Key provisions

The University is entitled to retain ownership of any inventions created as a result of federal funding, unless the funding agency informs the University up front that the agency will retain title to inventions derived from the funded projects because of specifically identified “exceptional circumstances” or other specified conditions.

  • When a University innovator discloses the creation of an invention derived from federally funded research, the University has two months from that date to disclose that information to the appropriate federal agency. The University also must patent all inventions it elects to own and commercialize.
  • The University must attempt to develop and commercialize the invention. If an attempt is not made, the federal government retains the right to take control of the invention.  The government also may take control of the invention for other reasons, such as a need to alleviate health or safety concerns.  This provision is referred to in the law as the government’s “march-in” rights.
  • The University must provide the U.S. government with a nontransferable, irrevocable, paid-up, nonexclusive license (“confirmatory license”) to use the invention.
  • In granting a license to use the invention, the University also generally must give priority to small businesses, while maintaining the fair-market value of the invention.
  • When granting an exclusive license, the University must ensure that the invention will be “manufactured substantially” in the United States.
  • Excess revenue must support research and education.
  • The University must share a portion of the royalties with the inventor(s).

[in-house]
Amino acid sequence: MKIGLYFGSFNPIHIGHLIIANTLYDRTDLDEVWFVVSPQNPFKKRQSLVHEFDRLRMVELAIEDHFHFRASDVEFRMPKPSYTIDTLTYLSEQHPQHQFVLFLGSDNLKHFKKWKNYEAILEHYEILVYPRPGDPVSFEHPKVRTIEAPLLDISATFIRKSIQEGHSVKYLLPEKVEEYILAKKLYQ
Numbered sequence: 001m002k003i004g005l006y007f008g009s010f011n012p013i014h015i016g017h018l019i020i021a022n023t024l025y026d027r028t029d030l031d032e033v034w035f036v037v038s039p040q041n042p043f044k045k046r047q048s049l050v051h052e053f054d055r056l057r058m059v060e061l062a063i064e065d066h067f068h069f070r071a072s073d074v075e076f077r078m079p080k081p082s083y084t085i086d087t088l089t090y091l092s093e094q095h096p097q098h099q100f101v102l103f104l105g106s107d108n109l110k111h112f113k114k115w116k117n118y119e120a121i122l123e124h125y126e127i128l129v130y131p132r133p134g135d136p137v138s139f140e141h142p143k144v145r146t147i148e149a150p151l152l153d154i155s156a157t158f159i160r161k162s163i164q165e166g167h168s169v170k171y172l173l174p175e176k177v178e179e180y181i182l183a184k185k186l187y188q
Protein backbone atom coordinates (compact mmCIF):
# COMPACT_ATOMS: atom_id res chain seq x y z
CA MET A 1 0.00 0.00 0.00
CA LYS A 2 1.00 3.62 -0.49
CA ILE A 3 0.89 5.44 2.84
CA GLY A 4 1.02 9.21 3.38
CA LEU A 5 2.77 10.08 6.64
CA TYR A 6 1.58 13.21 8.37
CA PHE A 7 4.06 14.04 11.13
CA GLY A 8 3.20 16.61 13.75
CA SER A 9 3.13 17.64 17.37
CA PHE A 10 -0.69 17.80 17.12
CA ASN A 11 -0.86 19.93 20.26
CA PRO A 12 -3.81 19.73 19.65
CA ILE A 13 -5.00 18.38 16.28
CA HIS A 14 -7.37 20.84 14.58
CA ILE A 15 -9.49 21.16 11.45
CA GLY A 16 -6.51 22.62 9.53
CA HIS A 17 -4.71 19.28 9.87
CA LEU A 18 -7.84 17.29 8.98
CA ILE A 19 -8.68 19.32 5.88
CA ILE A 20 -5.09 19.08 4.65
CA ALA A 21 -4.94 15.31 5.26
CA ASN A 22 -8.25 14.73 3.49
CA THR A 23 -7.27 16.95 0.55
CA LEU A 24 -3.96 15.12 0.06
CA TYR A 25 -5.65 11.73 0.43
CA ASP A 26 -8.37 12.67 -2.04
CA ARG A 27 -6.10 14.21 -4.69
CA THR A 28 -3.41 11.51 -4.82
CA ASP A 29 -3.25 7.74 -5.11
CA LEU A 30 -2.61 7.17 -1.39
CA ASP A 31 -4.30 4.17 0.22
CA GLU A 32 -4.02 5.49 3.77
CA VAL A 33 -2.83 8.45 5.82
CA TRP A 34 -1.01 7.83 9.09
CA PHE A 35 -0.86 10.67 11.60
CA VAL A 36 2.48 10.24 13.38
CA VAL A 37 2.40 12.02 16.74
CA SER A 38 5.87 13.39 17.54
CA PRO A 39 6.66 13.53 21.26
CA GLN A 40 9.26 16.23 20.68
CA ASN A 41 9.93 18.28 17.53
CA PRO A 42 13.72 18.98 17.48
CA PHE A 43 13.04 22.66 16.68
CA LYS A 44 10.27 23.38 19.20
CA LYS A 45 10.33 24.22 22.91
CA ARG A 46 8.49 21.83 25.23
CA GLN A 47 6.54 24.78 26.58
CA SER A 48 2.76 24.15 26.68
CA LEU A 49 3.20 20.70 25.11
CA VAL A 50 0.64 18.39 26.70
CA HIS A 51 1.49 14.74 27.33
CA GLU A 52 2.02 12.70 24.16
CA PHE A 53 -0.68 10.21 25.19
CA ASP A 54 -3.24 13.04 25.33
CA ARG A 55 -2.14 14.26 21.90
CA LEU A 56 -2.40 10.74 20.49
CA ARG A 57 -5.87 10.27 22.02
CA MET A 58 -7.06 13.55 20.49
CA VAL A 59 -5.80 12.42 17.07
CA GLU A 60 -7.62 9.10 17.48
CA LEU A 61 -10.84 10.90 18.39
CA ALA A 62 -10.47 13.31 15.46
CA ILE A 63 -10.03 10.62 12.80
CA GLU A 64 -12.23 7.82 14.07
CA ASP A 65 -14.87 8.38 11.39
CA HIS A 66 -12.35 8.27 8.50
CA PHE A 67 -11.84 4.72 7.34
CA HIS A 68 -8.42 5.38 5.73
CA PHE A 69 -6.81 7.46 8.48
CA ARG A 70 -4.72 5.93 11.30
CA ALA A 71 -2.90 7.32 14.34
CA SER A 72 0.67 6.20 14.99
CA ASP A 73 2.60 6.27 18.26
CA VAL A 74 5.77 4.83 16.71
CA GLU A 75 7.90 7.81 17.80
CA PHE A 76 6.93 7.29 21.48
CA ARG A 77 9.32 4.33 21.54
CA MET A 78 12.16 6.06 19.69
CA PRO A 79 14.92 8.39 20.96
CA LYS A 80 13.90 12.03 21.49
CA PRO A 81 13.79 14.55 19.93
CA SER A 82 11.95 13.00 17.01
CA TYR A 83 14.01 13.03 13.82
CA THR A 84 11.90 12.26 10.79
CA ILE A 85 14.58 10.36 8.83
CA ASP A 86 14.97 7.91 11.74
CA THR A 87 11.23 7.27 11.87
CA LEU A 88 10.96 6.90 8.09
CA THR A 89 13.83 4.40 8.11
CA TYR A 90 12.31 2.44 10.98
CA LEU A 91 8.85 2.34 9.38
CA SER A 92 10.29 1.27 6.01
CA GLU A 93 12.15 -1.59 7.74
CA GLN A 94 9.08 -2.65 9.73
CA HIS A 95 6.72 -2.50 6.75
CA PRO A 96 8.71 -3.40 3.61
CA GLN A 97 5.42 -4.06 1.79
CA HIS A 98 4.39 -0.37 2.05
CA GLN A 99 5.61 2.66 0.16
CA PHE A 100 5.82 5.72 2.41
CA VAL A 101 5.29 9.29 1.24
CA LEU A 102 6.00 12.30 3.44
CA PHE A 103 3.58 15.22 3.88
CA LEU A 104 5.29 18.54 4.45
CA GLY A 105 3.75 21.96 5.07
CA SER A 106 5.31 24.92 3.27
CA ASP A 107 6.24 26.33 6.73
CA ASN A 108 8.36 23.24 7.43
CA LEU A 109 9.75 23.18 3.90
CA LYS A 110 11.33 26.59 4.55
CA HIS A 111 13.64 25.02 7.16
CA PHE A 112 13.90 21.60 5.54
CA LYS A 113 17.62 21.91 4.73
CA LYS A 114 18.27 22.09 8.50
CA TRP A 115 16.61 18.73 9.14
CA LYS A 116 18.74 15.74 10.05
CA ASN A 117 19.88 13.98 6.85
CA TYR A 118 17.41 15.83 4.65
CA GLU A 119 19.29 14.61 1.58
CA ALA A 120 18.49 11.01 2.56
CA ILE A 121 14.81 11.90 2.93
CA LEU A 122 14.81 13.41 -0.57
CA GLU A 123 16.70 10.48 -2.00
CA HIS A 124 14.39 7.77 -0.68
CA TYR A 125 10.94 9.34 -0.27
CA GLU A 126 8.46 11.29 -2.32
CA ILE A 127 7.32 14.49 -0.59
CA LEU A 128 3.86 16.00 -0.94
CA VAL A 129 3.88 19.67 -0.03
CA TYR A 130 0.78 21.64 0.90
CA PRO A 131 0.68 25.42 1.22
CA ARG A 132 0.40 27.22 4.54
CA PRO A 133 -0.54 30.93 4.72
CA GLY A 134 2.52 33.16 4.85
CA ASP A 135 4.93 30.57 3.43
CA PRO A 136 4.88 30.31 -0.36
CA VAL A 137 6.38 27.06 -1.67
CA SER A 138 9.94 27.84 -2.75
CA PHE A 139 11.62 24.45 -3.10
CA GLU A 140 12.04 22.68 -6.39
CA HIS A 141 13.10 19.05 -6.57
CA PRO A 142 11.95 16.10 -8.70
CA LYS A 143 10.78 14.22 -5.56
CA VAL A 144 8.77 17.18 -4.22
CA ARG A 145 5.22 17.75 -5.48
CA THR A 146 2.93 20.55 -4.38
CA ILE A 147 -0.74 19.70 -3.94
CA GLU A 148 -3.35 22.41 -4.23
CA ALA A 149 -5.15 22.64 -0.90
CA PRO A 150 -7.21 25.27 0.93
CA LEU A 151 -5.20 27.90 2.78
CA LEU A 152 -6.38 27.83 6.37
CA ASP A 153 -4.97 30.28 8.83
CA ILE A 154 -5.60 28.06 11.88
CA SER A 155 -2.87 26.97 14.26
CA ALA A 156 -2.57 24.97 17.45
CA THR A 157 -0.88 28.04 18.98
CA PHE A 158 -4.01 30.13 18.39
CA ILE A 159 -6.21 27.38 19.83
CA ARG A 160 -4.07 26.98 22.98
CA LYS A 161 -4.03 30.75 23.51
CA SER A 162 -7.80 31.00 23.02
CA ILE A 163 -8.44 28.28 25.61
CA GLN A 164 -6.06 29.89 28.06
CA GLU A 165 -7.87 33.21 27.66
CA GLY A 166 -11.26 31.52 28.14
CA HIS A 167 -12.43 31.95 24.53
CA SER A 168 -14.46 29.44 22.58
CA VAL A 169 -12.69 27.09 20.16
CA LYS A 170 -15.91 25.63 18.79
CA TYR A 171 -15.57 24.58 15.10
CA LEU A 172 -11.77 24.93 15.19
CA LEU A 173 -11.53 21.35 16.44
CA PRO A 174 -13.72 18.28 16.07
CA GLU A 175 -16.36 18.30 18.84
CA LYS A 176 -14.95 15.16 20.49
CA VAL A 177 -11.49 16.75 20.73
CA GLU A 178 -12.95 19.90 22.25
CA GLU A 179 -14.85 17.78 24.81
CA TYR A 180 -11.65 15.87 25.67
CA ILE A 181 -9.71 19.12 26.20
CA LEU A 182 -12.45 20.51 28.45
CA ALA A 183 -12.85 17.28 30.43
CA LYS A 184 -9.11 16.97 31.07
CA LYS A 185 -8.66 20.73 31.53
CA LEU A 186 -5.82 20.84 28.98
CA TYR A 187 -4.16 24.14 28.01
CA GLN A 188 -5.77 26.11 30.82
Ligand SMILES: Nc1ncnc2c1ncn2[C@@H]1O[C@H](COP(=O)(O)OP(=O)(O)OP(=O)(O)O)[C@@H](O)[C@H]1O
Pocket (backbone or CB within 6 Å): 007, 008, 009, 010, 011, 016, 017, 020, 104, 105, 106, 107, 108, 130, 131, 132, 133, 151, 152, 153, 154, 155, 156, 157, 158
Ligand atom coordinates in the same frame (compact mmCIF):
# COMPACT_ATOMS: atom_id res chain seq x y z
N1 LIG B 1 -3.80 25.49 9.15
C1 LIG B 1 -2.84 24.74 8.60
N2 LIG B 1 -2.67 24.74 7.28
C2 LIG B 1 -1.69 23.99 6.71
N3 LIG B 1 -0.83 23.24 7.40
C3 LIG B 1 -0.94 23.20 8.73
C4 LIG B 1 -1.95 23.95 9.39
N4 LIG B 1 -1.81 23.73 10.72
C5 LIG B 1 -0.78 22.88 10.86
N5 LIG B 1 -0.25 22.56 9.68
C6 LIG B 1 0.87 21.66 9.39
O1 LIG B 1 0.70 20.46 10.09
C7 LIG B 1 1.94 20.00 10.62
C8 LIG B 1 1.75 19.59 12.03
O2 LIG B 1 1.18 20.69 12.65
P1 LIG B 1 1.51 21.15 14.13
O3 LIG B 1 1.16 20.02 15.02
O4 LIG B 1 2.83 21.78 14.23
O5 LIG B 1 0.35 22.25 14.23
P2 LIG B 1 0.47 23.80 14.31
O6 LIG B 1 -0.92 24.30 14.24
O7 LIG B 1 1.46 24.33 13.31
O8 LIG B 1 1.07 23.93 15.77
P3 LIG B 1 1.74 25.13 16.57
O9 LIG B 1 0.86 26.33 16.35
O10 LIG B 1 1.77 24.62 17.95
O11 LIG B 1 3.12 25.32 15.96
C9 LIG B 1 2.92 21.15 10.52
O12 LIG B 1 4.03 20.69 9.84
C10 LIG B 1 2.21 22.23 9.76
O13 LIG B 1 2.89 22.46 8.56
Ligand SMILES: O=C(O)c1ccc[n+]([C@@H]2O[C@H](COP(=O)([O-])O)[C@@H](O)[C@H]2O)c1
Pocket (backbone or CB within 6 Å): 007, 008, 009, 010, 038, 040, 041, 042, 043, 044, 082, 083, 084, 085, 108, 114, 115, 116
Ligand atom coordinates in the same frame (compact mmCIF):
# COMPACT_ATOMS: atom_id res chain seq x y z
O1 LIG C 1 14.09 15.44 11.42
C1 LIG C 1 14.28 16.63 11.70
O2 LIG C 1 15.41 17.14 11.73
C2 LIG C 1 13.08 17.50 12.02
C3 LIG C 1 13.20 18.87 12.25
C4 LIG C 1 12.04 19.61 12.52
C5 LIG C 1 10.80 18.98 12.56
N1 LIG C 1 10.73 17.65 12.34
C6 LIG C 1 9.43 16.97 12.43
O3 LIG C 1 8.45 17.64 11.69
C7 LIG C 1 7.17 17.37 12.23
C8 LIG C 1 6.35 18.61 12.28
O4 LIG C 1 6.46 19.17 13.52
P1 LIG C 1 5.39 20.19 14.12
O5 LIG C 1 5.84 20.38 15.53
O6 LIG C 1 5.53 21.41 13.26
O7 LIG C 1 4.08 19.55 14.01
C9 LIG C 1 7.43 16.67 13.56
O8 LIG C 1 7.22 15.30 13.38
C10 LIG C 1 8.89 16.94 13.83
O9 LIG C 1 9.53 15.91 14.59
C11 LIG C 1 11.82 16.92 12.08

Learn More: Read more about the Bayh-Dole Act


Public Disclosure of Intellectual Property

Your innovation commercialization journey begins at the Innovation Institute with the process of protecting your innovation, typically with a provisional patent application, where applicable, submitted to the U.S. Patent and Trademark Office.

But such a journey can end abruptly and without success if your innovation is publicly disclosed before the provisional patent application is filed.


IMPORTANT:  After an innovation becomes public, it may no longer be eligible for patent protection.  Therefore, it is critical to avoid public disclosure before filing a patent application, where possible.

What constitutes a public disclosure of your intellectual property?  In short, more than you might imagine. Here is a list of activities to consider avoiding prior to working with the Innovation Institute to seek patent protection for your innovation:

  • Publishing anything — abstract or journal article, for instance.
  • Giving a talk or a poster presentation at an “open” meeting.
  • Sharing the content of a patent application or any description of the innovation with someone outside of the university.
  • Talking with external parties about the innovation without the use of a confidentiality agreement.
  • Transfer of scientific materials with the use of a material transfer agreement.
  • Posting messages on a Web site, public news group or blog that describe your innovation.